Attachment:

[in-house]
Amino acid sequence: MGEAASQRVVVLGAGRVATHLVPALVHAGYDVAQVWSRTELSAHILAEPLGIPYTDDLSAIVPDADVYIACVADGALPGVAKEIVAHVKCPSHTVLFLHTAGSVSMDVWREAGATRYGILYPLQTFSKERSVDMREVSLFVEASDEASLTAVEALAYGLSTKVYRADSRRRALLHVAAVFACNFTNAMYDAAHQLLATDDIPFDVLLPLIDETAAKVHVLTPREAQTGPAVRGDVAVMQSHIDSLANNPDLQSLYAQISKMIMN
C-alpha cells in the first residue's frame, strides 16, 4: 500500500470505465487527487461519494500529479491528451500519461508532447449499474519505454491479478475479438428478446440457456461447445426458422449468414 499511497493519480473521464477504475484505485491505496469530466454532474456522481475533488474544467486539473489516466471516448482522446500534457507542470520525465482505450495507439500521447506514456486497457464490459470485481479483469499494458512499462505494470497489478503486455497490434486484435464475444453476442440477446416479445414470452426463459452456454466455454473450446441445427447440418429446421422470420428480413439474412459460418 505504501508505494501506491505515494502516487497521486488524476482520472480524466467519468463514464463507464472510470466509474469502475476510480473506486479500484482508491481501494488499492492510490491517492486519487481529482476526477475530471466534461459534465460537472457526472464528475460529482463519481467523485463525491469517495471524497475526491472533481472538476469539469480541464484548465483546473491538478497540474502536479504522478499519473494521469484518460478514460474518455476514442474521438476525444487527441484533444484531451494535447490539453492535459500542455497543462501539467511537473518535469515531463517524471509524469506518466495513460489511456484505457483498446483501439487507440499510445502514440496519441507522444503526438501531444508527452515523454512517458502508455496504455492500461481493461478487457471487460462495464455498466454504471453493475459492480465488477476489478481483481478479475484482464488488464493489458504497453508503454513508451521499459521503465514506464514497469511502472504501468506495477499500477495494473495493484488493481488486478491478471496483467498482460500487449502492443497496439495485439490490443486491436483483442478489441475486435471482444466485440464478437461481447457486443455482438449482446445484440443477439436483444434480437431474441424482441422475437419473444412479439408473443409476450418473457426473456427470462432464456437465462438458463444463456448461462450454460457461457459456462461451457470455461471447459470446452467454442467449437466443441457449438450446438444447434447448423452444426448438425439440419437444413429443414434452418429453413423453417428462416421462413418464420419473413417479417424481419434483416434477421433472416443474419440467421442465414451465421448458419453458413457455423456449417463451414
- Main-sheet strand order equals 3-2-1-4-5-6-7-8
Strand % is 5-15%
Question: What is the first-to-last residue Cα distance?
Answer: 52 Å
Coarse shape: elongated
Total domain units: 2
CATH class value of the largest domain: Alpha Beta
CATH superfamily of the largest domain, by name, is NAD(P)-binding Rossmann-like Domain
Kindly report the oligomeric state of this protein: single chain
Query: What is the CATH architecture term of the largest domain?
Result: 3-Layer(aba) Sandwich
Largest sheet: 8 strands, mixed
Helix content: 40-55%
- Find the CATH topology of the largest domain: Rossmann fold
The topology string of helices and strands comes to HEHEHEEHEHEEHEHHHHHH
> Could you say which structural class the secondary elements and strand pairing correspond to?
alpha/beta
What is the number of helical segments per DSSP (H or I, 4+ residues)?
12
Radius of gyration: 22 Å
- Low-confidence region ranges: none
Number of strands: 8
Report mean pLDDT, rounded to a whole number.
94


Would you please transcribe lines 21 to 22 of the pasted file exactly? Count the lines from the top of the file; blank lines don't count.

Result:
What is the number of helical segments per DSSP (H or I, 4+ residues)?
12